“How will you go about finding that thing the nature of which is totally unknown to you?” — Plato

The Art Of Getting Lost was an interactive and immersive experience that debuted at the inaugural Plymouth Art Weekender, 2015, and combined a hand drawn map, audio, land art and wandering.

All you needed was our free map, access to our Soundcloud profile on your mobile, headphones, and a desire to get lost.

Audience members could download and print the map, or pick it up from various locations across Plymouth, to discover the seven places where they could listen to letters and participate in temporary interventions using objects found in the natural world. All but the final stop are still available to play.

The experience took 45 minutes, plus time in terra incognita, as people walked, cycled, skated, bused, or drove between locations. The last stop was marked with a key; but the audience was encouraged to start wherever they wanted and visit locations in any order, or even over a few days. There was no one route; following your own path was part of the experience.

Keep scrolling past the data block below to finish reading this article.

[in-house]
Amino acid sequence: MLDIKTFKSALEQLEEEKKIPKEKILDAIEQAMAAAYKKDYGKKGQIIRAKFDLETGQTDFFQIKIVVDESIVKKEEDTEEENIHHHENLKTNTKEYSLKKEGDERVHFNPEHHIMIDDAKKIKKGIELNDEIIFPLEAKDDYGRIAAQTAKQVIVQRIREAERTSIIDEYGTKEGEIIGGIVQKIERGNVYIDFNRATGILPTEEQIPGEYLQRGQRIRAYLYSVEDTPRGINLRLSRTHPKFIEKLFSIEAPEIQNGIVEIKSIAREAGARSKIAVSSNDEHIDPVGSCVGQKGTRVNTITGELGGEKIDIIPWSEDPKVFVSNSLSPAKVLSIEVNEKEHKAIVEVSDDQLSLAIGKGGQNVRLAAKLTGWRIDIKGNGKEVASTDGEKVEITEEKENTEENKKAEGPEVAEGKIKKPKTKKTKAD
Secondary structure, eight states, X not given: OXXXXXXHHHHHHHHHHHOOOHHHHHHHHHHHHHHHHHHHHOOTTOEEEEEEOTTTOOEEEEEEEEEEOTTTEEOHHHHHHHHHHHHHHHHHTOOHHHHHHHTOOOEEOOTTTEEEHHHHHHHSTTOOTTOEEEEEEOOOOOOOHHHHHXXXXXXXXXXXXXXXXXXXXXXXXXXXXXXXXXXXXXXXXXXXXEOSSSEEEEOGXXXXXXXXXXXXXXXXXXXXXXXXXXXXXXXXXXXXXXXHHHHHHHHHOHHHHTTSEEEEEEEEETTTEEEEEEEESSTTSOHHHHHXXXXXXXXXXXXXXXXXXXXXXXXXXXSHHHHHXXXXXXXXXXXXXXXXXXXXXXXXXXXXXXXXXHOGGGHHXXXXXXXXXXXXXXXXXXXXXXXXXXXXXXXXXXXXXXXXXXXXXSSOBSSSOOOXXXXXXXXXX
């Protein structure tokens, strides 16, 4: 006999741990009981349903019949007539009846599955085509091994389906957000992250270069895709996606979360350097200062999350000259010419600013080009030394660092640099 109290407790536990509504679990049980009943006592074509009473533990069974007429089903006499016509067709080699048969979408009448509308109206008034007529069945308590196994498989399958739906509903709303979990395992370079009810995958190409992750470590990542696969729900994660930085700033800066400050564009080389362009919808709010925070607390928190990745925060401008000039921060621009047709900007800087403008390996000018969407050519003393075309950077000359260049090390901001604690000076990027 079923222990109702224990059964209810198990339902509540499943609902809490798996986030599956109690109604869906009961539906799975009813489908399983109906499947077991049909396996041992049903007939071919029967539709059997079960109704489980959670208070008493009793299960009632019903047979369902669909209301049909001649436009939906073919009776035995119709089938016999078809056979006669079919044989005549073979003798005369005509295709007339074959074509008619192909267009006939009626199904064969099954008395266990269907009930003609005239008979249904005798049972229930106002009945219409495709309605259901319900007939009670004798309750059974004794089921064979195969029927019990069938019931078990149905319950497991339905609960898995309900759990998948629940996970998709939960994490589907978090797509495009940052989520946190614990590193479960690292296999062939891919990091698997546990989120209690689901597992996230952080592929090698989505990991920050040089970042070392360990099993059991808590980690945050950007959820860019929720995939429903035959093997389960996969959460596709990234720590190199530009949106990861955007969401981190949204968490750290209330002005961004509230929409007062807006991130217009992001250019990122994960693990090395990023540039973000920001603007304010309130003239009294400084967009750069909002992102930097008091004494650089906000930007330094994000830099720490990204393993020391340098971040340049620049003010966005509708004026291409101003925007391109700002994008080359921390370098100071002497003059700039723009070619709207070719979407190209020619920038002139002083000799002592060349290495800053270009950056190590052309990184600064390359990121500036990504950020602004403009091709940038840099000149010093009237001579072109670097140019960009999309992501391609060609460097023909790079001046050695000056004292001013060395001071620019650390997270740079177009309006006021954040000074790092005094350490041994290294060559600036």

About Plymouth Art Weekender

Plymouth Art Weekender is an ambitious three-day event celebrating visual art across the city and promoting Plymouth as a contemporary art destination.

The 2015 programme featured more than 100 artists including Grayson Perry, Mary Kelly, Gerhard Richter, Ivan Chermayeff, Gillian Wearing, Tim Etchells and Richard Woods.

The Weekender website and Art Map showcases a wide range of activity from large scale exhibitions and participatory events for all ages. These are complimented by public art, talks, music, film, workshops, community projects and artists taking over empty spaces across the city.


The Art Of Getting Lost is an artist-led project.

Devised, written and voiced by Hannah Wood.

Art and design by Alan Qualtrough.

Sound design by Belinda Dixon and Jo Loosemore.

Music ‘Before The Second Dawn’ by Richard Lacy, David Bird, Terry Maskill and Richard Kimmings.

Listen at

Share what you find when you get lost at

The project is also archived on Google Maps below.